This is part two of my quest for determining the best medium for primary portraits. Last week my first grade students created beautiful oil pastel portraits. I love oil pastels as they are super easy for prep and clean-up but on the downside, they require a great deal of patience. Little ones don’t often have the stamina to color over all the white paper. Today I switched gears and brought out the messy stuff: chalk pastel!
I know what you’re thinking. Never used chalk on portraits before? Well, it’s true. In eight years of teaching art, I have never used chalk pastel for portraits. No more! I loved using chalk for portraits and more importantly, so did the kids! One lady commented in the last post that she uses charcoal for portraits. After using chalk, I can see how charcoal would be equally as fabulous.
- Two 40-minute class sessions
- 3 first grade class
- 3 different media experiments: chalk pastel, oil pastel, tempera paint
- To determine the most successful portrait project for little ones.
My definition of successful
- Accessible to all abilities, including special needs
- Engaged children
- Proud and empowered children
- No crumpled-up paper and unhappy faces
- A portrait that captures the child’s essence
On day one, children drew their faces using the letter “U” technique. We used skin colored oil pastel. My thought was that I wanted these facial lines to be permanent and not disappear with accidental rubbing. In many ways, using a light colored chalk might have been better as children would be able to erase unwanted lines by smearing them away. But that was not my thinking when I began.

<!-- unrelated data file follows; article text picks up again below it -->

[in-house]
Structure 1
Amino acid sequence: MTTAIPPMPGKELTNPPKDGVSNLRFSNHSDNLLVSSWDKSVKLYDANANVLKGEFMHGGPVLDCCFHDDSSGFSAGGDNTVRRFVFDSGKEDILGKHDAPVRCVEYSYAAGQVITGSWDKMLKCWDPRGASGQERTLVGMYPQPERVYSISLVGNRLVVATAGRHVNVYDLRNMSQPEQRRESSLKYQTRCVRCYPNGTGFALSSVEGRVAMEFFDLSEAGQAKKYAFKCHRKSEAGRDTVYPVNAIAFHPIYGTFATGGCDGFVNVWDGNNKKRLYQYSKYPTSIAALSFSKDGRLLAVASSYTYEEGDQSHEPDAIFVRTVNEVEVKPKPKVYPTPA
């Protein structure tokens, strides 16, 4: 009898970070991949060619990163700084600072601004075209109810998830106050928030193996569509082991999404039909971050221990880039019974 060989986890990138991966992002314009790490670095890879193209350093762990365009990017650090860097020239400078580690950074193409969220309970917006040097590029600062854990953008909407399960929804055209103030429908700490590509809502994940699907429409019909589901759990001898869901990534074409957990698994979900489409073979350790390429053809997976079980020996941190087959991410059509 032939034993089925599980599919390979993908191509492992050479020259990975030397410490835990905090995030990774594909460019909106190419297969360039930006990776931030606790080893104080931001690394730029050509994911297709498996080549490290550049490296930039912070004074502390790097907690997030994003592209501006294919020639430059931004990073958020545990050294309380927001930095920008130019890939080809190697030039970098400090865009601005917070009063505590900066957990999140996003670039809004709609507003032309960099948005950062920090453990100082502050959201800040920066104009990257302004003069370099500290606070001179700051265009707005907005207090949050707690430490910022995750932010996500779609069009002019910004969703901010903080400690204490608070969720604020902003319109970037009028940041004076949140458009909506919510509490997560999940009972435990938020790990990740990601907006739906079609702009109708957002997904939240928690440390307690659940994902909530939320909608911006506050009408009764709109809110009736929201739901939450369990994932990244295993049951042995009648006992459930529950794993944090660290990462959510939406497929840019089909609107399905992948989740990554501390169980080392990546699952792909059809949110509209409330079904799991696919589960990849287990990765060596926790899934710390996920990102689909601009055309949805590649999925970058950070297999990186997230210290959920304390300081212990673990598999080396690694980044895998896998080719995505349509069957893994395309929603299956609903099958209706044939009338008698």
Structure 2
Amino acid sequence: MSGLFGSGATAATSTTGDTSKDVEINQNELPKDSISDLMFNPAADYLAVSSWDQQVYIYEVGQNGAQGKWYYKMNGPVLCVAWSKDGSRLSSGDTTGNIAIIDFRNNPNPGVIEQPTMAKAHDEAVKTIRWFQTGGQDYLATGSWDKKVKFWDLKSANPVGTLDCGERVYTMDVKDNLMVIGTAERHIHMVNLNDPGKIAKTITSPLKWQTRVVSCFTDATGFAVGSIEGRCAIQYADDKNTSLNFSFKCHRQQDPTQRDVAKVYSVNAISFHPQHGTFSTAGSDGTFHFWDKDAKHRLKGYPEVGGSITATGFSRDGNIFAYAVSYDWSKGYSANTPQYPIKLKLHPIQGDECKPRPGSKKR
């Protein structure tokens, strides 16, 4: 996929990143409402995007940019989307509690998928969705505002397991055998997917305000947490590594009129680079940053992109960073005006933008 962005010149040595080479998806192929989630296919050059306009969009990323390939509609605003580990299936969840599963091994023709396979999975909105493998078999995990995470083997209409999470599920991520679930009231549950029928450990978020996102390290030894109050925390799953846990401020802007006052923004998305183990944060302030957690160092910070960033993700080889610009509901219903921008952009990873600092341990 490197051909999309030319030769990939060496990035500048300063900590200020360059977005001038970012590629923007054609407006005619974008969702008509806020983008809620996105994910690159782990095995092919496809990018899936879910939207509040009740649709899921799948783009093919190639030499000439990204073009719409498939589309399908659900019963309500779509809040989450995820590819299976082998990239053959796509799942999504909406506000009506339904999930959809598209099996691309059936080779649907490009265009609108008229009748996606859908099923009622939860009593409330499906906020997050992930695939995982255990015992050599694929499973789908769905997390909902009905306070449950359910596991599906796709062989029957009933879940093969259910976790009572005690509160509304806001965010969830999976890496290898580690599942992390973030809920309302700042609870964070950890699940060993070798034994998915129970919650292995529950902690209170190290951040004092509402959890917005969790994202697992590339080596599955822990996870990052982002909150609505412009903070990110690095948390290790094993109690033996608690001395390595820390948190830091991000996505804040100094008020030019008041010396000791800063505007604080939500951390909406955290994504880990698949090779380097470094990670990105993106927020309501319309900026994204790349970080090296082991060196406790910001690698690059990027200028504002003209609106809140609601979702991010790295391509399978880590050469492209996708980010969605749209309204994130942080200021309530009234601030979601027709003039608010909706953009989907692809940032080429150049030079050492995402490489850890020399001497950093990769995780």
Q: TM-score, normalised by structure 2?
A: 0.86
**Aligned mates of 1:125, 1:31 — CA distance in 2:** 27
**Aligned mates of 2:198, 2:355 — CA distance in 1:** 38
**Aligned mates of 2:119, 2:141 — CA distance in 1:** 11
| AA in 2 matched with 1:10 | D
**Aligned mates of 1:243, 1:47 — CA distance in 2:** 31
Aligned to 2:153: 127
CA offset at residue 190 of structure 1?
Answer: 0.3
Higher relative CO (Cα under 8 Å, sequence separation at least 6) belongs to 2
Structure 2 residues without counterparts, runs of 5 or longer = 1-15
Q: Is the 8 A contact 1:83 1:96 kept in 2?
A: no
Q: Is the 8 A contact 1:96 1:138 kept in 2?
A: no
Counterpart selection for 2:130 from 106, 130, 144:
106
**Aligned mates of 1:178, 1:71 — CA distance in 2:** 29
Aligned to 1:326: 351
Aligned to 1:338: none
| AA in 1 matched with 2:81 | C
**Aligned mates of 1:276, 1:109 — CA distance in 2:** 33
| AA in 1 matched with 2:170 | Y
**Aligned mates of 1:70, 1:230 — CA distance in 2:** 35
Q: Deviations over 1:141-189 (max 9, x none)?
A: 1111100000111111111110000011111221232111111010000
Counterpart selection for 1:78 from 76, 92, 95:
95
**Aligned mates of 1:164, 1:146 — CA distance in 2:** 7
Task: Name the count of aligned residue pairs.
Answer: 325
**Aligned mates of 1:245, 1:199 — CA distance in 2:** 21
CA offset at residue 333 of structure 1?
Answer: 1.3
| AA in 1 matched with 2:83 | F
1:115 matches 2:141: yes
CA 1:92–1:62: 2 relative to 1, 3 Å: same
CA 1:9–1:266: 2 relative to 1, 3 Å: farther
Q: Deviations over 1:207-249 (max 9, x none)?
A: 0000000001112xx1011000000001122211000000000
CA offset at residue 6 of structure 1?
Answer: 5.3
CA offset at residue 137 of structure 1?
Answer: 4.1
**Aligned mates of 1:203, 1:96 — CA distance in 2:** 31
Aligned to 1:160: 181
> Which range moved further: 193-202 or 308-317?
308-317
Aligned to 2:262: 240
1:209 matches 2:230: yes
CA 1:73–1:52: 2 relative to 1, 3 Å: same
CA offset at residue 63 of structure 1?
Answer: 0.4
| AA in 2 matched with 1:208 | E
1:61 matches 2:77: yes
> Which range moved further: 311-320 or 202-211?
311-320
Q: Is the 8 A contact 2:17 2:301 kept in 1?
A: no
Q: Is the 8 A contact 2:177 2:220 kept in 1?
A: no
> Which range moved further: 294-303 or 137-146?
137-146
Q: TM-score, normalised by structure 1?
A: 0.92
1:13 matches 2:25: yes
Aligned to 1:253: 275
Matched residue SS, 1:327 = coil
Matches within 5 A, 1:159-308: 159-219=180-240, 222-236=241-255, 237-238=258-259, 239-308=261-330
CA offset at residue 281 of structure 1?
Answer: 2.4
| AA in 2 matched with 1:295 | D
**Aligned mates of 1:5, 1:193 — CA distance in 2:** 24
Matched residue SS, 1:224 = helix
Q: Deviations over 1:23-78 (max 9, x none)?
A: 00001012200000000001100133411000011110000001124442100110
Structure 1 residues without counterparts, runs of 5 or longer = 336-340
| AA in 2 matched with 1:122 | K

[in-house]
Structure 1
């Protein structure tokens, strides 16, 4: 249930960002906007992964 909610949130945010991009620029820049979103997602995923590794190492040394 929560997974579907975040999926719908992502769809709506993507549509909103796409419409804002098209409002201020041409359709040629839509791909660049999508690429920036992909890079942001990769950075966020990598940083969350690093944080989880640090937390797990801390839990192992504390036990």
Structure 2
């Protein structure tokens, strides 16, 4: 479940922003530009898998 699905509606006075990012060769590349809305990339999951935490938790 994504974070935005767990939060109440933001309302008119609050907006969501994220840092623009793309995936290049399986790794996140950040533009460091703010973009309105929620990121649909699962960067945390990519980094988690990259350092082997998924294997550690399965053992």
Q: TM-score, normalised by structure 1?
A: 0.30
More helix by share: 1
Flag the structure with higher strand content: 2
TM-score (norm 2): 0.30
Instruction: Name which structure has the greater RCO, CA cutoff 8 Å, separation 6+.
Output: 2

After all the facial feature lines were drawn, the children added hair and clothes. We kept the background plain. Before I was able to set out the chalk, some kids colored in their hair with the flesh colored oil pastels. I didn’t bother to correct them.
Then the fun started. Using flesh colored chalk, the children colored, then using their one finger, smoothed the chalk around to the edges of the oil pastel. This medium is perfect for blending and quite honestly, I didn’t expect the children to be so interested in this. Was I wrong! They loved creating rosey cheeks and highlights in their hair.
To bring the whole piece together, the children used oil pastel and traced over all of the original oil pastel lines.
Aren’t they wonderful? And the best part? Almost everyone finished in the allotted time.
This was one of my very favorite portraits projects and one in which I plan to do with my older grades.
What do you think?